A Moth-eaten Blanket Pulled Over the Night

The caravan came through the woods to the tree city and Cedar came with it, hired hands painted yellow with saffron. In the great central clearing she and the other mendicants labored under the stern eye of the quartermaster, unloading, unpacking, displaying, sweating, selling. At the end of the day the caravan master called them together.

“Good luck, good work, thank you.” The bursar gave them their wages, small bills folded around a red good luck charm. “We move on into the mountains in three weeks. If any of you are heading that way, you’re our first hires.” They slipped away in twos and threes, hands clasped, heading toward the long stairs leading to the arcades, those whose plans had extended only so far as the city. “Otherwise, thank you for all your hard work.”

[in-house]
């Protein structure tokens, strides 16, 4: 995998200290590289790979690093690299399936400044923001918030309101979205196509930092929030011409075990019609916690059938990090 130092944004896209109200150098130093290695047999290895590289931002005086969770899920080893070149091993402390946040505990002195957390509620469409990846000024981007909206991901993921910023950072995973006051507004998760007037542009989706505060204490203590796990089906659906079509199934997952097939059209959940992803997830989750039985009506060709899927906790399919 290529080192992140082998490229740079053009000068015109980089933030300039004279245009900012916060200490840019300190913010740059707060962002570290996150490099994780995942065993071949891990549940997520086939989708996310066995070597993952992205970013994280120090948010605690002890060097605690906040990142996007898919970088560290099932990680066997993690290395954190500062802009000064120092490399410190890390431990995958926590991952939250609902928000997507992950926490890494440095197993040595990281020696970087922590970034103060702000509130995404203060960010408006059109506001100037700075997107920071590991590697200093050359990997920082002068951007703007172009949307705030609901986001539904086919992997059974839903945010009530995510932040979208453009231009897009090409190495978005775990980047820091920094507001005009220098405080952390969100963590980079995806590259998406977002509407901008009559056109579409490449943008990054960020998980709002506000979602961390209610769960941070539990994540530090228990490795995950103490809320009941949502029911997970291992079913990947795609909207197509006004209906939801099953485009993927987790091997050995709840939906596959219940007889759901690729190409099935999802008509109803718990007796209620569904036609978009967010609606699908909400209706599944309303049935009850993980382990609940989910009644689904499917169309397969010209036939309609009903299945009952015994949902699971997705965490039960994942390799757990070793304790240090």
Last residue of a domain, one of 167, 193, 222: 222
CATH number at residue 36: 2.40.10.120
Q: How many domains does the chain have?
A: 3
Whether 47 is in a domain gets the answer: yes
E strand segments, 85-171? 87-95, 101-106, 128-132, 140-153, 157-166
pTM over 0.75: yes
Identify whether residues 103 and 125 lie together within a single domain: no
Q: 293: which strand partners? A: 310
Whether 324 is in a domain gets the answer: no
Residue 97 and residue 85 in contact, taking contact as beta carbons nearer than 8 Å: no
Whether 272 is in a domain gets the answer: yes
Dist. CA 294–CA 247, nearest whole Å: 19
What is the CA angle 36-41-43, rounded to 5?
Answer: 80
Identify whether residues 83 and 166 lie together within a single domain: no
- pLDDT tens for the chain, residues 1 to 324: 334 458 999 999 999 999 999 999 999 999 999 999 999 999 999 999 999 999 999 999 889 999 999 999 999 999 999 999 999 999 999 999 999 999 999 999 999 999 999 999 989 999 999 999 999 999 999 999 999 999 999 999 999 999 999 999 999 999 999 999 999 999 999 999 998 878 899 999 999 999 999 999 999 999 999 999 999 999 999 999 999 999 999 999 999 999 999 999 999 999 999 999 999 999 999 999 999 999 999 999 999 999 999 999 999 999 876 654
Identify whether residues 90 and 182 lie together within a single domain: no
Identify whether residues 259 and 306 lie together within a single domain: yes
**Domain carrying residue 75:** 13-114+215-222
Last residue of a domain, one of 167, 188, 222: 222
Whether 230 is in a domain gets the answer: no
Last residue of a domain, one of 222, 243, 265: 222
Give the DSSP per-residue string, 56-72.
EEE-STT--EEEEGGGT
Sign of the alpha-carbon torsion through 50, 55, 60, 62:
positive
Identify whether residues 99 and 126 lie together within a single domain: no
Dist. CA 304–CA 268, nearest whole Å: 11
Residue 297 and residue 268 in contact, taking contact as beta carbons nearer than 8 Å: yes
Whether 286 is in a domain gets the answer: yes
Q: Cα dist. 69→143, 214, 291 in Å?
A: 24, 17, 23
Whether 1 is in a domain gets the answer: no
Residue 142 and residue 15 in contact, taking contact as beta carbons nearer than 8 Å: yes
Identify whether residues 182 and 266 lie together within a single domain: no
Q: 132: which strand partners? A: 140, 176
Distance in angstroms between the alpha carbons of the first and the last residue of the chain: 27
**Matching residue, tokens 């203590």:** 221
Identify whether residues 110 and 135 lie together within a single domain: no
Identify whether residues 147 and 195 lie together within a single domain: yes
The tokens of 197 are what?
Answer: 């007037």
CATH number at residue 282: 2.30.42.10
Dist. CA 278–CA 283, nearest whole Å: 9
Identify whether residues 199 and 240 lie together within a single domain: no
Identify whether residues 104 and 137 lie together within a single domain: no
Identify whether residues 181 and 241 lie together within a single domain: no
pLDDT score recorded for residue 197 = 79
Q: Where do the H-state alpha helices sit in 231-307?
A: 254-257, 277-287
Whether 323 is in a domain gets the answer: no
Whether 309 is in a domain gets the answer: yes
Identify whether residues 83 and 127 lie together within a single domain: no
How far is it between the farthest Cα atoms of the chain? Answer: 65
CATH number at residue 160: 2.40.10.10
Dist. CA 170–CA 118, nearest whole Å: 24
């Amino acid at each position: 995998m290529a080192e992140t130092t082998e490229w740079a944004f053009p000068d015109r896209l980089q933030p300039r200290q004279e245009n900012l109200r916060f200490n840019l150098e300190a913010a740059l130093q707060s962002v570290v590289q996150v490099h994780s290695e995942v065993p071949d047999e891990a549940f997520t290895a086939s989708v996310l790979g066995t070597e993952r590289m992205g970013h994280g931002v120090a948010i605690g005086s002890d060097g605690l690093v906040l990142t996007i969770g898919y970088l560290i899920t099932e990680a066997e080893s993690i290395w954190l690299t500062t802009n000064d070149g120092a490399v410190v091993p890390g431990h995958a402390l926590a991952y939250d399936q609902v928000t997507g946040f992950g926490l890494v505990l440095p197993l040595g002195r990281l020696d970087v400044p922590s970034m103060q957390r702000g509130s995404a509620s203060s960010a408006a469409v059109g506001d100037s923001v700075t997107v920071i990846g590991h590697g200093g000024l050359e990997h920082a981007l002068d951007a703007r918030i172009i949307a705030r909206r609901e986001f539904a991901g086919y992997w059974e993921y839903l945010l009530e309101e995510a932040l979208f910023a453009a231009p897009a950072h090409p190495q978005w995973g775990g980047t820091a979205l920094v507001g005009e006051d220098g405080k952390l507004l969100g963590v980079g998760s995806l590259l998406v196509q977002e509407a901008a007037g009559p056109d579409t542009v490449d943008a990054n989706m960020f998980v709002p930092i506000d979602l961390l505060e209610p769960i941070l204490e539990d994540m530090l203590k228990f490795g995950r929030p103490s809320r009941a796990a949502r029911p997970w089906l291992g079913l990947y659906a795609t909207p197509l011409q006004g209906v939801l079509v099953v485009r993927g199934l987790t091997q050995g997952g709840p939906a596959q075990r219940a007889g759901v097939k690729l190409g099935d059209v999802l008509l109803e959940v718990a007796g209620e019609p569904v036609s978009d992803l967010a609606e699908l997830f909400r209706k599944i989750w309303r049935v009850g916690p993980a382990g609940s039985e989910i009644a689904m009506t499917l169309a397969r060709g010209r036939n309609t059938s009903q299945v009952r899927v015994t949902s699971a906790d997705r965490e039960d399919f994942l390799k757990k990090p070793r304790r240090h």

Cedar wandered into the twilight under the giant trees. Miles above the street lights were coming on, architectural galaxies blazing up against the stars.